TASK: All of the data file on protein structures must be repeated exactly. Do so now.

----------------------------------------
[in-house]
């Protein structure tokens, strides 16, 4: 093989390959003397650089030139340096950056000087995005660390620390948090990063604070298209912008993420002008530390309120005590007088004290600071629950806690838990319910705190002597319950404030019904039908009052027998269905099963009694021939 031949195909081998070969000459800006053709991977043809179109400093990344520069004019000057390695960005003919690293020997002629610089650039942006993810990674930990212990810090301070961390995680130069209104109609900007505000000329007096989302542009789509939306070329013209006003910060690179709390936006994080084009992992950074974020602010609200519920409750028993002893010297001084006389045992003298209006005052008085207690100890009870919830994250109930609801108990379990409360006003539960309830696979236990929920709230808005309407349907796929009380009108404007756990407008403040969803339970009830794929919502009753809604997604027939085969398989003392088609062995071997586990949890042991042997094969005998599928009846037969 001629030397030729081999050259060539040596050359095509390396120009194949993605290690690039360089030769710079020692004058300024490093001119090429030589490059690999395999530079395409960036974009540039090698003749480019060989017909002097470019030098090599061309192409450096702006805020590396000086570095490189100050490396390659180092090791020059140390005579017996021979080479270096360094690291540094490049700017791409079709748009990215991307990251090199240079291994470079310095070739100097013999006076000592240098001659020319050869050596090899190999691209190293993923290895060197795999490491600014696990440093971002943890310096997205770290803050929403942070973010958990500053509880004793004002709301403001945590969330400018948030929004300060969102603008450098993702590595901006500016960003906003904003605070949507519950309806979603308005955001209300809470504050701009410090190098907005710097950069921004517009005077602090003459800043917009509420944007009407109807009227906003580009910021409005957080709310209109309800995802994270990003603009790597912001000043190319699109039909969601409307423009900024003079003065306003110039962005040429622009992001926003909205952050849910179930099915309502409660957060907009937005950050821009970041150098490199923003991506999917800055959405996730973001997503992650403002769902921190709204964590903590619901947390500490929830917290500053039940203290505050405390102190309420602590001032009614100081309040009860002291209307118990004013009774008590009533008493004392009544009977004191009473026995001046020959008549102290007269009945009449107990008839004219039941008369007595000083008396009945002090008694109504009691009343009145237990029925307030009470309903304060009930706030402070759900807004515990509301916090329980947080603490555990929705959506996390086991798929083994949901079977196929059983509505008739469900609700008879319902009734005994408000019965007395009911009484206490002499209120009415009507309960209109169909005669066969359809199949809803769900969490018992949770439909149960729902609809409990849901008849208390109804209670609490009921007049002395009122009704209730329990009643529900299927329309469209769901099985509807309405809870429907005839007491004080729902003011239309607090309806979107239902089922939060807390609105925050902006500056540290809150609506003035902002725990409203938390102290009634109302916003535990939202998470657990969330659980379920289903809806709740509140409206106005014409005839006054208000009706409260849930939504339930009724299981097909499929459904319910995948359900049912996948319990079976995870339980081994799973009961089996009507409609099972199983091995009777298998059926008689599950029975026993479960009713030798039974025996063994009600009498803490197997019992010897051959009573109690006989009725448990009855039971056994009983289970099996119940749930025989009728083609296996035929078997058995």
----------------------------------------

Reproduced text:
[in-house]
């Protein structure tokens, strides 16, 4: 093989390959003397650089030139340096950056000087995005660390620390948090990063604070298209912008993420002008530390309120005590007088004290600071629950806690838990319910705190002597319950404030019904039908009052027998269905099963009694021939 031949195909081998070969000459800006053709991977043809179109400093990344520069004019000057390695960005003919690293020997002629610089650039942006993810990674930990212990810090301070961390995680130069209104109609900007505000000329007096989302542009789509939306070329013209006003910060690179709390936006994080084009992992950074974020602010609200519920409750028993002893010297001084006389045992003298209006005052008085207690100890009870919830994250109930609801108990379990409360006003539960309830696979236990929920709230808005309407349907796929009380009108404007756990407008403040969803339970009830794929919502009753809604997604027939085969398989003392088609062995071997586990949890042991042997094969005998599928009846037969 001629030397030729081999050259060539040596050359095509390396120009194949993605290690690039360089030769710079020692004058300024490093001119090429030589490059690999395999530079395409960036974009540039090698003749480019060989017909002097470019030098090599061309192409450096702006805020590396000086570095490189100050490396390659180092090791020059140390005579017996021979080479270096360094690291540094490049700017791409079709748009990215991307990251090199240079291994470079310095070739100097013999006076000592240098001659020319050869050596090899190999691209190293993923290895060197795999490491600014696990440093971002943890310096997205770290803050929403942070973010958990500053509880004793004002709301403001945590969330400018948030929004300060969102603008450098993702590595901006500016960003906003904003605070949507519950309806979603308005955001209300809470504050701009410090190098907005710097950069921004517009005077602090003459800043917009509420944007009407109807009227906003580009910021409005957080709310209109309800995802994270990003603009790597912001000043190319699109039909969601409307423009900024003079003065306003110039962005040429622009992001926003909205952050849910179930099915309502409660957060907009937005950050821009970041150098490199923003991506999917800055959405996730973001997503992650403002769902921190709204964590903590619901947390500490929830917290500053039940203290505050405390102190309420602590001032009614100081309040009860002291209307118990004013009774008590009533008493004392009544009977004191009473026995001046020959008549102290007269009945009449107990008839004219039941008369007595000083008396009945002090008694109504009691009343009145237990029925307030009470309903304060009930706030402070759900807004515990509301916090329980947080603490555990929705959506996390086991798929083994949901079977196929059983509505008739469900609700008879319902009734005994408000019965007395009911009484206490002499209120009415009507309960209109169909005669066969359809199949809803769900969490018992949770439909149960729902609809409990849901008849208390109804209670609490009921007049002395009122009704209730329990009643529900299927329309469209769901099985509807309405809870429907005839007491004080729902003011239309607090309806979107239902089922939060807390609105925050902006500056540290809150609506003035902002725990409203938390102290009634109302916003535990939202998470657990969330659980379920289903809806709740509140409206106005014409005839006054208000009706409260849930939504339930009724299981097909499929459904319910995948359900049912996948319990079976995870339980081994799973009961089996009507409609099972199983091995009777298998059926008689599950029975026993479960009713030798039974025996063994009600009498803490197997019992010897051959009573109690006989009725448990009855039971056994009983289970099996119940749930025989009728083609296996035929078997058995």